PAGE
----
Abstract: We consider the agency problem of a bank staff member managing microfinancing programs, who can abuse his discretion to embezzle borrowers' repayments. In this context, we study the optimal lending contract. The fact that most borrowers of microfinancing programs are illiterate and live in rural areas where transportation costs are very high make staff's embezzlement particularly relevant as is documented by Mknelly and Kevane (2002). We study the trade-off between the optimal rigid contract and the optimal discretionary contract and how joint liability affects the performance of each contract and the trade-off. Our analysis explains rigid repayment schedules used by the Grameen bank as an optimal response to the bank staff's agency problem. Joint liability reduces borrowers' burden of respecting the rigid repayment schedules by providing them with partial insurance. However, the same insurance can be provided by borrowers themselves under individual liability through a side-contract. We also find that the staff's agency problem creates biases in project selection toward projects of small scale and small risk.
    Keywords: Microfinance, Group Lending, Joint Liability, Embezzlement, Hierarchy, Contract
    JEL: O16 D82 G20
    Date: 2005–09
  5. By: James S. Costain; Michael Reiter
    Abstract: We construct and calibrate a general equilibrium business cycle model with unemployment and precautionary saving. We compute the cost of business cycles and locate the optimum in a set of simple cyclical fiscal policies. Our economy exhibits productivity shocks, giving firms an incentive to hire more when productivity is high. However, business cycles make workers' income riskier, both by increasing the unconditional probability of unusually long unemployment spells, and by making wages more variable, and therefore they decrease social welfare by around one-fourth or one-third of 1% of consumption. Optimal fiscal policy offsets the cycle, holding unemployment benefits constant but varying the tax rate procyclically to smooth hiring. By running a deficit of 4% to 5% of output in recessions, the government eliminates half the variation in the unemployment rate, most of the variation in workers'aggregate consumption, and most of the welfare cost of business cycles.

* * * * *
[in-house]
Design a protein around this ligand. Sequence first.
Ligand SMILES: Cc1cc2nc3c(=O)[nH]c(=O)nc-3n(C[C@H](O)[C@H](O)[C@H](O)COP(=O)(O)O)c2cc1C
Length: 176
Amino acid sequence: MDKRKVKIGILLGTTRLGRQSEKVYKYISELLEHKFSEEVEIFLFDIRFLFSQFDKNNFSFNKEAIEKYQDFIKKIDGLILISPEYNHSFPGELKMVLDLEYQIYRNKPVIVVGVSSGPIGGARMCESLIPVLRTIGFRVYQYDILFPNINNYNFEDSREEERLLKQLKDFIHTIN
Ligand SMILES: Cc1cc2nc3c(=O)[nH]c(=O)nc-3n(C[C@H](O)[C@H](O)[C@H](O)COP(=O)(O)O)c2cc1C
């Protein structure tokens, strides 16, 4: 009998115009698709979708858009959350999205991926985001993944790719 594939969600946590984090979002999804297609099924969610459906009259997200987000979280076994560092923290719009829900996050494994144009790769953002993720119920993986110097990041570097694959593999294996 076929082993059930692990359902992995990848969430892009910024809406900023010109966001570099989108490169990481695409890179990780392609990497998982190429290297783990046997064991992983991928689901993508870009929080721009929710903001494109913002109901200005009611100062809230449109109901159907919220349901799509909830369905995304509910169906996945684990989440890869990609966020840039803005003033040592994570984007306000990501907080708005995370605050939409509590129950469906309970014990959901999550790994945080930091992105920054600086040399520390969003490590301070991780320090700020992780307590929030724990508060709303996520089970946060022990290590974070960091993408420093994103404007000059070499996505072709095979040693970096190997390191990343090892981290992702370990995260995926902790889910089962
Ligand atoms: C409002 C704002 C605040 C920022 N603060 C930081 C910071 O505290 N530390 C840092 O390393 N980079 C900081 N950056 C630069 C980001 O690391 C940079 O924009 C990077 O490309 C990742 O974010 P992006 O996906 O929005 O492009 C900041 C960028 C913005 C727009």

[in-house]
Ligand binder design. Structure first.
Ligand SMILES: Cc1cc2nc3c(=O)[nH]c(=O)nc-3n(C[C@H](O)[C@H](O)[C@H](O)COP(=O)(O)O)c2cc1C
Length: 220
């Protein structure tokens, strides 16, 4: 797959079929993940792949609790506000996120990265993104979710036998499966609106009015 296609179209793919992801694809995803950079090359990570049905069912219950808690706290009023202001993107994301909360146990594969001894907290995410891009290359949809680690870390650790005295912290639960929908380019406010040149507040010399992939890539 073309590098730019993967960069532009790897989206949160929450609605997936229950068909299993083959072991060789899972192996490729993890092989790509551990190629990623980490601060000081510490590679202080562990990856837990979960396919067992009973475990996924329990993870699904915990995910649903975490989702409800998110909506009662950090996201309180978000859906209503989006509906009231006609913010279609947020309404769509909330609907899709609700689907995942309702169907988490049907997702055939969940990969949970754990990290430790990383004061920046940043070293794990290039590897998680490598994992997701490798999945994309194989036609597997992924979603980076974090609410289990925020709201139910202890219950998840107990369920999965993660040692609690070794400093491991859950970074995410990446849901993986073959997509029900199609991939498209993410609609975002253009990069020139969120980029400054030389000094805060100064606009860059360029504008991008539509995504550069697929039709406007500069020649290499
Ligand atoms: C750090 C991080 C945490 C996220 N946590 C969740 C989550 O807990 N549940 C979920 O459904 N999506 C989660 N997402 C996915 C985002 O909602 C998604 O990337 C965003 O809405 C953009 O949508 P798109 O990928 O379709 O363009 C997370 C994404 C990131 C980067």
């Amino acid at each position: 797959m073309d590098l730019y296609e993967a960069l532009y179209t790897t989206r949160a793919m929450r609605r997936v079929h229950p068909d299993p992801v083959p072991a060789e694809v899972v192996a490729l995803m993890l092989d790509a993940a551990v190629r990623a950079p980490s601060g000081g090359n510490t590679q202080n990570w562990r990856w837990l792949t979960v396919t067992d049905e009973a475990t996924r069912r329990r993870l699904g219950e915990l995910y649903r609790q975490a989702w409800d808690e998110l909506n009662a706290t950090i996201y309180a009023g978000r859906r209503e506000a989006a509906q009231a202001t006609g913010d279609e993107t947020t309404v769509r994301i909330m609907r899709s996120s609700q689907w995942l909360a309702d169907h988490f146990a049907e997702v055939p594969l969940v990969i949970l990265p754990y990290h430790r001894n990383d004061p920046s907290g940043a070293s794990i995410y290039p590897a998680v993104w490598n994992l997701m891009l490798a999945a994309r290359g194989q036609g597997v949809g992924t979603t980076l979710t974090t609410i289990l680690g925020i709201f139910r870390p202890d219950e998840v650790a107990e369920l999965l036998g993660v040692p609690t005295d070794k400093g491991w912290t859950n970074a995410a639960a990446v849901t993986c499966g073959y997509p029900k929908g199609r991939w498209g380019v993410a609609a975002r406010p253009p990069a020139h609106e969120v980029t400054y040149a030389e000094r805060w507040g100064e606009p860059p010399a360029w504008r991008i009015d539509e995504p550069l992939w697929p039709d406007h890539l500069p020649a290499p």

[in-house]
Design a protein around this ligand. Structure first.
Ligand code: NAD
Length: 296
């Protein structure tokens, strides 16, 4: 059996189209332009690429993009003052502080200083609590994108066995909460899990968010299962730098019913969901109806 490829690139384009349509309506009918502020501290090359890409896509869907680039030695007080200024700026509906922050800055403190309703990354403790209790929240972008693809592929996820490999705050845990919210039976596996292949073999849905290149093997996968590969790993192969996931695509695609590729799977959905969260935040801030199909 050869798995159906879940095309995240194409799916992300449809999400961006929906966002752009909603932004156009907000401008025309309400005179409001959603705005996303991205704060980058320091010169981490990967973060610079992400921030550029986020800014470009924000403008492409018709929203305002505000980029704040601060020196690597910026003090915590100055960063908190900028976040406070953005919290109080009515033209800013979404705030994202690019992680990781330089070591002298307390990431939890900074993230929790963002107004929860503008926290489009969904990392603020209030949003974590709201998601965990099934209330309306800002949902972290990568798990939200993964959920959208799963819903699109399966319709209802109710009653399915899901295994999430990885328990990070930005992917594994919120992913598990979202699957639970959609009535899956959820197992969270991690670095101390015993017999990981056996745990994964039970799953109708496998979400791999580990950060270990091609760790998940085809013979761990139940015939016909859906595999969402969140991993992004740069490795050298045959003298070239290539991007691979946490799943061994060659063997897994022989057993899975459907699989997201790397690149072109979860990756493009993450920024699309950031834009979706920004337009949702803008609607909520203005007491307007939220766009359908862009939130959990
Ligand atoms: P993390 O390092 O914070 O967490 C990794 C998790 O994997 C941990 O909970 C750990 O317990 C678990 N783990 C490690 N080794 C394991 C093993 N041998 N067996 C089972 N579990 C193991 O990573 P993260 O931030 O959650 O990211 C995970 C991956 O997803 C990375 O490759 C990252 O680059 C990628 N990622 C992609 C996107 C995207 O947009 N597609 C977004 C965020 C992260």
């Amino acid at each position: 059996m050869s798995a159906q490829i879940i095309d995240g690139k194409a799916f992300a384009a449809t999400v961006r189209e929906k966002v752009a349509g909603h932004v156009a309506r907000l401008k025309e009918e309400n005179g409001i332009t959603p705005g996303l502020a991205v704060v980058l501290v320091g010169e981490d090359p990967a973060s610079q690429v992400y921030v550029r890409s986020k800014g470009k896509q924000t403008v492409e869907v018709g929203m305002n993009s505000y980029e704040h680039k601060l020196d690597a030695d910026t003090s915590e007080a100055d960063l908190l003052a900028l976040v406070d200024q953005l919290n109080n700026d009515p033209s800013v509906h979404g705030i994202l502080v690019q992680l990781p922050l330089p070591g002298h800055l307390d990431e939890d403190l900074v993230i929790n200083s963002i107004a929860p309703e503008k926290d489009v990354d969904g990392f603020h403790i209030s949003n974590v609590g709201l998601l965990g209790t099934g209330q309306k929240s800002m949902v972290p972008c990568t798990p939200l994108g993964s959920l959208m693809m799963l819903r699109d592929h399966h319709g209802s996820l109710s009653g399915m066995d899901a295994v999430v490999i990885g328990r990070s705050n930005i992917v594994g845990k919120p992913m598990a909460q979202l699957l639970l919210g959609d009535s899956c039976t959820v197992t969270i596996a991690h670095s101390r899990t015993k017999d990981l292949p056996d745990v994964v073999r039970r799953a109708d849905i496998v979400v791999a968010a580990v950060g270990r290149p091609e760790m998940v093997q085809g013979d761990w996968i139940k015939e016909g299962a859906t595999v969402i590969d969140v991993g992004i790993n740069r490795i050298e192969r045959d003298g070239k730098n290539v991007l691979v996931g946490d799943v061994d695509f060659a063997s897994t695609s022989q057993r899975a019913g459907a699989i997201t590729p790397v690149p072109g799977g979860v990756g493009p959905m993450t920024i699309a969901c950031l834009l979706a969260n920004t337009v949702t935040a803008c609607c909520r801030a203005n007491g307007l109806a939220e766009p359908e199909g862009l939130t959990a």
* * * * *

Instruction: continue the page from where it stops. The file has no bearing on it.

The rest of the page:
Keywords: Real business cycles, matching, precautionary saving, unemployment insurance, fiscal policy, incomplete markets, heterogeneity, computation
    JEL: E24 E32 E62 E63 H21 J64 J65
    Date: 2004–11
  6. By: Robert Shimer; Ivan Werning
    Abstract: We study the optimal design of unemployment insurance for workers sampling job opportunities over time. We focus on the optimal timing of benefits and the desirability of allowing workers to freely access a riskless asset. When workers have constant absolute risk aversion preferences it is optimal to use a very simple policy: a constant benefit during unemployment, a constant tax during employment that does not depend on the duration of the spell, and free access to savings using a riskless asset. Away from this benchmark, for constant relative risk aversion preferences, the welfare gains of more elaborate policies are minuscule. Our results highlight two largely distinct roles for policy toward the unemployed: (a) ensuring workers have sufficient liquidity to smooth their consumption; and (b) providing unemployment benefits that serve as insurance against the uncertain duration of unemployment spells.
    JEL: D82 J65
    Date: 2005–10
  7. By: Hesselius, Patrik (IFAU - Institute for Labour Market Policy Evaluation); Johansson, Per (IFAU - Institute for Labour Market Policy Evaluation); Larsson, Laura (IFAU - Institute for Labour Market Policy Evaluation)
    Abstract: The paper exploits a unique social experiment carried out in 1988 in Sweden to identify the effect of monitoring on sickness absence. The treatment consists of postponing the first formal point of monitoring during a sickness absence spell, a requirement for a doctor’s certificate, from day eight to day fifteen. The experiment was conducted in two geographical areas, and the treatment group was randomized by birth date. The results show strong effects on sickness absence duration from extending the waiting period in both areas. On average, the durations increased by 6.6 percent. No effect on incidence of sickness absence is found. A heterogeneity analysis reveals that monitoring affects men more than women.
    Keywords: Absenteeism; sickness insurance; monitoring; social experiment
    JEL: H55 I18 J22 J28
    Date: 2005–06–19

This nep-ias issue is ©2005 by Soumitra K Mallick. It is provided as is without any express or implied warranty. It may be freely redistributed in whole or in part for any purpose. If distributed in part, please include this notice.
General information on the NEP project can be found at For comments please write to the director of NEP, Marco Novarese at <>. Put “NEP” in the subject, otherwise your mail may be rejected.
NEP’s infrastructure is sponsored by the School of Economics and Finance of Massey University in New Zealand.